It’s time to Riot(.im)

Why we abandoned Slack, and why you probably should too

If you’ve ever been interested in a blockchain project and joined their Slack group to learn more, I’m willing to guess that you eventually started receiving unsolicited direct messages. These messages likely began coming a few weeks before an anticipated presale or ICO and included an ethereum address to send your ether to if you wanted to participate in the sale. In retrospect, it’s easy to identify these unsolicited sale instructions as scams meant to steal ether from excited community members. Unfortunately though, in the moment they’re often extremely well executed and convincing.

These phishing attacks on community Slack groups have become so severe (likely composing a large percentage of the hundreds of millions stolen in crypto-related phishing attacks) that many prominent projects have left for greener pastures. Back in August, Aragon and others organized a mass migration from Slack to Rocket.Chat, which included some of the largest and most active communities in the crypo-sphere.

Looking to learn from the lessons of projects that have come before us, we have spent the last few weeks planning our own migration from Slack. Although the ability to prevent phishing attacks as we approach our token presale may have been the most immediate and obvious reason for such a move, it wasn’t our only consideration. We looked for 4 key things as we weighed different Slack alternatives:

  1. Commitment to open-source: We’re strong believers in the value and benefits of open-source projects, something that is hopefully evidenced by the fact that our entire codebase is open-source. In addition to this, we knew that choosing an open-source project would allow us to make small tweaks and changes to our chat experience as necessary and contribute to its improvement.
  2. A powerful permissions system: Since we knew that we wanted our chat platform to be open to anyone who wanted to join, the ability to finely tune permissions and implement sophisticated spam filters was critical. The simple reason that Slack groups are so vulnerable to phishing (and other) attacks is because Slack assumes that the group is closed to the public and therefore makes the assumption that once someone is in a group they can be trusted.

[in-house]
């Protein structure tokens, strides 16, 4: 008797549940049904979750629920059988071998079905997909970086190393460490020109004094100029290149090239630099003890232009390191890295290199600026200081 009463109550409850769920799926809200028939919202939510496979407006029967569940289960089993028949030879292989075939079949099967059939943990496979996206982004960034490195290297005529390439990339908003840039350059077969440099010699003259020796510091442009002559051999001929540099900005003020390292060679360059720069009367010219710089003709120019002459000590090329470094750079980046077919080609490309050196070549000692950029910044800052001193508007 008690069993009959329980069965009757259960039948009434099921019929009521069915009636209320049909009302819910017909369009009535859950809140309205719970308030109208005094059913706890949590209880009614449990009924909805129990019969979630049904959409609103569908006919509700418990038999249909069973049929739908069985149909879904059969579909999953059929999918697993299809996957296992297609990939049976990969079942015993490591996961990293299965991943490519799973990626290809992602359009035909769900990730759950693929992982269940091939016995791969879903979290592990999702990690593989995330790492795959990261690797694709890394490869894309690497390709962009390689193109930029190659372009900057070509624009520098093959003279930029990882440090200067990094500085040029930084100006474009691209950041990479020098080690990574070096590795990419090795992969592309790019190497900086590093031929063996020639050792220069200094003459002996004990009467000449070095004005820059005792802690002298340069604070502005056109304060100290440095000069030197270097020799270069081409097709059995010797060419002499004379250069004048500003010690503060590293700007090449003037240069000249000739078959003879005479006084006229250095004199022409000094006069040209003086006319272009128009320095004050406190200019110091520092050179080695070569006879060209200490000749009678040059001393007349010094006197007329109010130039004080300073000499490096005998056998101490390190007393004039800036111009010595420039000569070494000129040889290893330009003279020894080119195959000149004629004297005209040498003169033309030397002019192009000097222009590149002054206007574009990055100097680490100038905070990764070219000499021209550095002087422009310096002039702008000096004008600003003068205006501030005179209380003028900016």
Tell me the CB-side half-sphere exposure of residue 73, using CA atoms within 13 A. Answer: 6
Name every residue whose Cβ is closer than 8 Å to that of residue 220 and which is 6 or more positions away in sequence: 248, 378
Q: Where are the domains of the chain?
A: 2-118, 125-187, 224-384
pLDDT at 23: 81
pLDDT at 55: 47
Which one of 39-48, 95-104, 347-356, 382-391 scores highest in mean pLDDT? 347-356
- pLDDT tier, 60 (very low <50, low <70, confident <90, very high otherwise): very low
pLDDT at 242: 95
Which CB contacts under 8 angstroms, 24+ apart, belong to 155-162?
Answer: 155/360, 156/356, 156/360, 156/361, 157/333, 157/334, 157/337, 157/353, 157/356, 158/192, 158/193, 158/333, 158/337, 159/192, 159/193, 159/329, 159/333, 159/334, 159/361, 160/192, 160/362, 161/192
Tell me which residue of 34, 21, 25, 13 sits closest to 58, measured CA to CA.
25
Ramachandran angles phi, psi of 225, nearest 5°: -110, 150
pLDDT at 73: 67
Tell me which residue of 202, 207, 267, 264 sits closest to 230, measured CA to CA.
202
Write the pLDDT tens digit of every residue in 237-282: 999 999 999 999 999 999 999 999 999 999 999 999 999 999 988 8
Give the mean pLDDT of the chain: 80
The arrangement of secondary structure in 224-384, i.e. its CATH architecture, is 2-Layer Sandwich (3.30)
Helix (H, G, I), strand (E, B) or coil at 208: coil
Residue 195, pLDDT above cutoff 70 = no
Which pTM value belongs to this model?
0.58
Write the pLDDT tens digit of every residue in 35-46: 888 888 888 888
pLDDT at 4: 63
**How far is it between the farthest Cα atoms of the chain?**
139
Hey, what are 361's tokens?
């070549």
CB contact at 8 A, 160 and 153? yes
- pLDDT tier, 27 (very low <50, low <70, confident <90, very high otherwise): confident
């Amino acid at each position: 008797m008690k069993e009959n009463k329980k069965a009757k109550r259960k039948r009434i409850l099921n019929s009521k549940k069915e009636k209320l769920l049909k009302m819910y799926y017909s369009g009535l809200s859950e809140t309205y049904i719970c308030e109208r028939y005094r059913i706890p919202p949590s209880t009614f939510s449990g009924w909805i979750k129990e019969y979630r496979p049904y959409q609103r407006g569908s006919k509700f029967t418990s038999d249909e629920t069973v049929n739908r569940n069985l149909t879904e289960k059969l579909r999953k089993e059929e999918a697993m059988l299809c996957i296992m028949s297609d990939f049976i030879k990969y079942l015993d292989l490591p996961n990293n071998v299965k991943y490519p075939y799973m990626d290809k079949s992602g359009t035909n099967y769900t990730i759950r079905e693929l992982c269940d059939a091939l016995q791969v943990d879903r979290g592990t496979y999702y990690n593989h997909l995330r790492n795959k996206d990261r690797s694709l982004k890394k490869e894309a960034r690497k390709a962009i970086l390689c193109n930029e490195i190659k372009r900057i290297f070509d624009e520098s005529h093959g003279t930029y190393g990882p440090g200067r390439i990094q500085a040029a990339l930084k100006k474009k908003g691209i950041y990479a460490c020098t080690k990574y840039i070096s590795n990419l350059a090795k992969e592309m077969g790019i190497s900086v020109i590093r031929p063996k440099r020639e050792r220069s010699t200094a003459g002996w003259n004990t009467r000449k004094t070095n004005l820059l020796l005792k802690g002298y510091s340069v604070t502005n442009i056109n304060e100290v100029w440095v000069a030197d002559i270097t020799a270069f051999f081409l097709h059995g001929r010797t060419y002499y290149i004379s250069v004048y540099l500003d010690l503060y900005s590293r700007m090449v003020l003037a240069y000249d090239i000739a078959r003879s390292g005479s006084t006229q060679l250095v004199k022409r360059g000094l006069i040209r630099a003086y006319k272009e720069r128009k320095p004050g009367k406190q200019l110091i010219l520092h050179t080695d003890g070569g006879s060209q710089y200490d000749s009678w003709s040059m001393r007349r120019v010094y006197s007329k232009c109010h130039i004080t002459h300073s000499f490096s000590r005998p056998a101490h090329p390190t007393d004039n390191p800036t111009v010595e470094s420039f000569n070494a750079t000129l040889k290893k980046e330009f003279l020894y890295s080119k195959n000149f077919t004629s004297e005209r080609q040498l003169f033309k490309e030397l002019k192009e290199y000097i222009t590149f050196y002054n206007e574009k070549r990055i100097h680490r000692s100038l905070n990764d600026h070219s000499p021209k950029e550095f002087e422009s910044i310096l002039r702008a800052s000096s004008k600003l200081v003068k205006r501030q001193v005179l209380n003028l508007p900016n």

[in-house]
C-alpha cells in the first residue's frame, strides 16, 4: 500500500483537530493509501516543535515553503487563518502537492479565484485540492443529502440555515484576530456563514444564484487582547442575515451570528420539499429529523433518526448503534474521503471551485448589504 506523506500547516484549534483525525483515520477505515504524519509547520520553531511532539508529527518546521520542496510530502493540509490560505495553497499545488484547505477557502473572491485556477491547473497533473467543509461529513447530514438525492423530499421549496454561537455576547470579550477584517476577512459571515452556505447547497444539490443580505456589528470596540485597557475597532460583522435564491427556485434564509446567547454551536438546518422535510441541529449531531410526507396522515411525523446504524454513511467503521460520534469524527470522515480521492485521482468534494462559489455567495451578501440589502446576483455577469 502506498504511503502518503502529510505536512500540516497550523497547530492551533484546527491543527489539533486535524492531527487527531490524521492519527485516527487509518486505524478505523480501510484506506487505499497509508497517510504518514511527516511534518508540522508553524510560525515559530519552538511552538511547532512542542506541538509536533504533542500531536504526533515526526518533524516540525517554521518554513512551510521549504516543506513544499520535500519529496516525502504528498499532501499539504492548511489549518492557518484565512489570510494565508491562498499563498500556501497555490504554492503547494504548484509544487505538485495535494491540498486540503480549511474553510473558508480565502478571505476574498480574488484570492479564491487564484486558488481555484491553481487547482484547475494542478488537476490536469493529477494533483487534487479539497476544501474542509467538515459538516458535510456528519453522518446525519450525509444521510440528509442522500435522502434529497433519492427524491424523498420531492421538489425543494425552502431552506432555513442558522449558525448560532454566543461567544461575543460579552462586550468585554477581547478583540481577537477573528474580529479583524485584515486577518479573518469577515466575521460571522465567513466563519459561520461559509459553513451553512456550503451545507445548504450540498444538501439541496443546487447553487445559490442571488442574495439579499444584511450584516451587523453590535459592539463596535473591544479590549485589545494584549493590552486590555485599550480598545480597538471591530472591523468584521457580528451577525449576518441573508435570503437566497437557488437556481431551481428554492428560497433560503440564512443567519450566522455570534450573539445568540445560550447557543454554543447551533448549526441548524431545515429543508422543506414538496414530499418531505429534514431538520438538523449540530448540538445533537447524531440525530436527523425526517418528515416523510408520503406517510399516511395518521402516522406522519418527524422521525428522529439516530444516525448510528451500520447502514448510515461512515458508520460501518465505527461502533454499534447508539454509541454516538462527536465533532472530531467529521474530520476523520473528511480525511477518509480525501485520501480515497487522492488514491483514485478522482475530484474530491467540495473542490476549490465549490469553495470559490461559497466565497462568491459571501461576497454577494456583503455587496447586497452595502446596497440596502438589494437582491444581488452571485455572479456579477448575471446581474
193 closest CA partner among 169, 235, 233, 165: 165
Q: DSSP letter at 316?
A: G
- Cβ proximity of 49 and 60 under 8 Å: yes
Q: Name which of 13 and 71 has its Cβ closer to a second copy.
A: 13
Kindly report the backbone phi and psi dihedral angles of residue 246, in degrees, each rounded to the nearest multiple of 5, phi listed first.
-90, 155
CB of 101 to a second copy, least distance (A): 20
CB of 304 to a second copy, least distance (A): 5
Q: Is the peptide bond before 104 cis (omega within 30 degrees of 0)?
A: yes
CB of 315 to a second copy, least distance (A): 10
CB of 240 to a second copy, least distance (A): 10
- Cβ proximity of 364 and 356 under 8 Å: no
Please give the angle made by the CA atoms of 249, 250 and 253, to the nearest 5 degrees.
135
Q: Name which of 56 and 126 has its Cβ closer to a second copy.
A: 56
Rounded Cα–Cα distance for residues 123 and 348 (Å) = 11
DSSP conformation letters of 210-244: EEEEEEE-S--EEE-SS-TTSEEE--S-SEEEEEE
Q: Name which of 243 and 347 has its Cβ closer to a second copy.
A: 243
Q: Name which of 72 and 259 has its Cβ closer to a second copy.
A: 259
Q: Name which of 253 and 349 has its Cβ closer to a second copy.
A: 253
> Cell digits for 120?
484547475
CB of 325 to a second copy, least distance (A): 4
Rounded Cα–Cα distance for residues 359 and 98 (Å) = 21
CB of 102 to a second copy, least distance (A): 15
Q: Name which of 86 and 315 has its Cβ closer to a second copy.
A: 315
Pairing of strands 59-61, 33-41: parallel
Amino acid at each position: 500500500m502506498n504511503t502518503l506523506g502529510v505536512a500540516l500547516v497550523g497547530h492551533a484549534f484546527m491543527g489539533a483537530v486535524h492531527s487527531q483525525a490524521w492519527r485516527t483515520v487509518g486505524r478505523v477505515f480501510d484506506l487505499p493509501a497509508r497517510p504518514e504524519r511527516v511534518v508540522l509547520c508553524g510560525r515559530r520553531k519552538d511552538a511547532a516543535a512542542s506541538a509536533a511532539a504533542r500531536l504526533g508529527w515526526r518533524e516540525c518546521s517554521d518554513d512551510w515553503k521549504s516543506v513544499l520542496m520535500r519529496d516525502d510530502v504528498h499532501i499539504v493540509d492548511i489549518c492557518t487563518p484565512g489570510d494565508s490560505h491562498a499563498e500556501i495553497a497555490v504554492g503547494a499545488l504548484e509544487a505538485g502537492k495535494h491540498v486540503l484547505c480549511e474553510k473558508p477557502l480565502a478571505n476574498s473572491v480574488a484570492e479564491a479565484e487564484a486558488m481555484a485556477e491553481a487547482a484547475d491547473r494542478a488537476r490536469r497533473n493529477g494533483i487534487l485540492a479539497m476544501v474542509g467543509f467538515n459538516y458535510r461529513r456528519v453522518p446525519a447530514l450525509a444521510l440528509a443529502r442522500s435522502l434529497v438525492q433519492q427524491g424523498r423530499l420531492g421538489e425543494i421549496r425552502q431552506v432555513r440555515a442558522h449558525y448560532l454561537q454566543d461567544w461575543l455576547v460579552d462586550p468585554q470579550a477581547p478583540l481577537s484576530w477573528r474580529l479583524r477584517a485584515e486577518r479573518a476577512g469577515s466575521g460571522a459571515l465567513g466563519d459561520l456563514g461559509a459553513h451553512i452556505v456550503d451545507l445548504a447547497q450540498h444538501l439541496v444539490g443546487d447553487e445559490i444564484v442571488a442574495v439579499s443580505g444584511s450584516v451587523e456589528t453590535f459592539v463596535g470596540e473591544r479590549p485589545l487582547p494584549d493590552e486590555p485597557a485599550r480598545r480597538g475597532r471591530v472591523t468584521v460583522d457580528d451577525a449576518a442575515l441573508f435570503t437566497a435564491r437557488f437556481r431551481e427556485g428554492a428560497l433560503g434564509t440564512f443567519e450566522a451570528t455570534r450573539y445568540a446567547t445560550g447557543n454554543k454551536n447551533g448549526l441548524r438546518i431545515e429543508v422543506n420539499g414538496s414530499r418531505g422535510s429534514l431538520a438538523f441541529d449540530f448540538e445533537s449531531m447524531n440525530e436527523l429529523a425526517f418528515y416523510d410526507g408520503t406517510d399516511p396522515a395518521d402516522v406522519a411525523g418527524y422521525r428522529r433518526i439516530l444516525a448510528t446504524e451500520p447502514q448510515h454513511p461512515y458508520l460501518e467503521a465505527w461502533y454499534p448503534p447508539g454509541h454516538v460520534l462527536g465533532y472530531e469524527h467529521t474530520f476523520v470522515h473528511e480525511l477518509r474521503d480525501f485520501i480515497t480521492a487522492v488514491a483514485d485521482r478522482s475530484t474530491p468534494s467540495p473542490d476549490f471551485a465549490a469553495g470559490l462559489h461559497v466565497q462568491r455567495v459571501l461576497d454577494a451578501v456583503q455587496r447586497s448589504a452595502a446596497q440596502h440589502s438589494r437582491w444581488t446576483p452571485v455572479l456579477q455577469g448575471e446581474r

3. Self-hosting and end-to-end encryption: None of us ever loved the idea that we were relying on Slack’s servers to handle and host all of our chat information, and we really didn’t love the idea that nothing was encrypted. This one is simple, more security is better than less security.
  4. Great web, desktop, and mobile apps: One of the best things about Slack is the feel and experience of using their apps. The UI is clean and the apps actually work. While we really wanted the other three items on this list, we didn’t want them to come at the expense of the actual chat experience.

So after looking around at various options, including Rocket.Chat, Zulip, and Mattermost, we decided on a chat app called Riot. Given that I had never even heard of it, I was very surprised to learn that, far more than any other chat platform, Riot satisfied all of our requirements.

  • All Riot apps (web/desktop/mobile), along with the back end, Matrix, are released under the Apache 2.0 open-source license.
  • Within our chat community, Riot allows us both to create complex spam filters (an ability unique to Riot) and to control who can send direct messages .
  • We can run our own Matrix servers for our chat community and Riot/Matrix have supported end-to-end encryption for more than a year.
  • Riot runs beautifully across the web, desktop, and mobile, both Android and iOS. All the apps work great and are easy to use! (The lack of quality mobile apps was one of the biggest reasons we decided not to follow a lot of other projects to Rocket.Chat.)
  • (Bonus 1) Riot’s voice and video calling functionality actually works well, a pleasant surprise after struggling unsuccessfully many times to place calls through Slack.
  • (Bonus 2) Because Matrix is a decentralized messaging protocol and provides a JavaScript SDK, we can potentially incorporate its messaging functionality into our blockchain client.

Since Riot satisfied all of our requirements (and even had a few bonus features), we decided to try it out. For the last few weeks we’ve been communicating internally as a team on Riot and have been happy with the experience. There are still a few missing features, like threads and support for mathematical notation, but we think it’s more than ready for us and our community to officially migrate!

So without further ado, here’s how you can join our Riot chat:

  1. Download the mobile (Android or iOS) or desktop app or go to for the web client;
  2. Begin registering a new account, when creating your account, scroll down and select the “Custom server” button. On the mobile apps, this is indicated by “Use custom server options”;
  3. Enter as the Home Server, you should leave the identity server URL as it is;
  4. Once you’ve entered all your information, click the Register button.

We have a lot of exciting things coming up, including our ICO presale. So if you want to make sure you’re the first to know about things or want stay up to date on how Topl is developing, join us on Riot!

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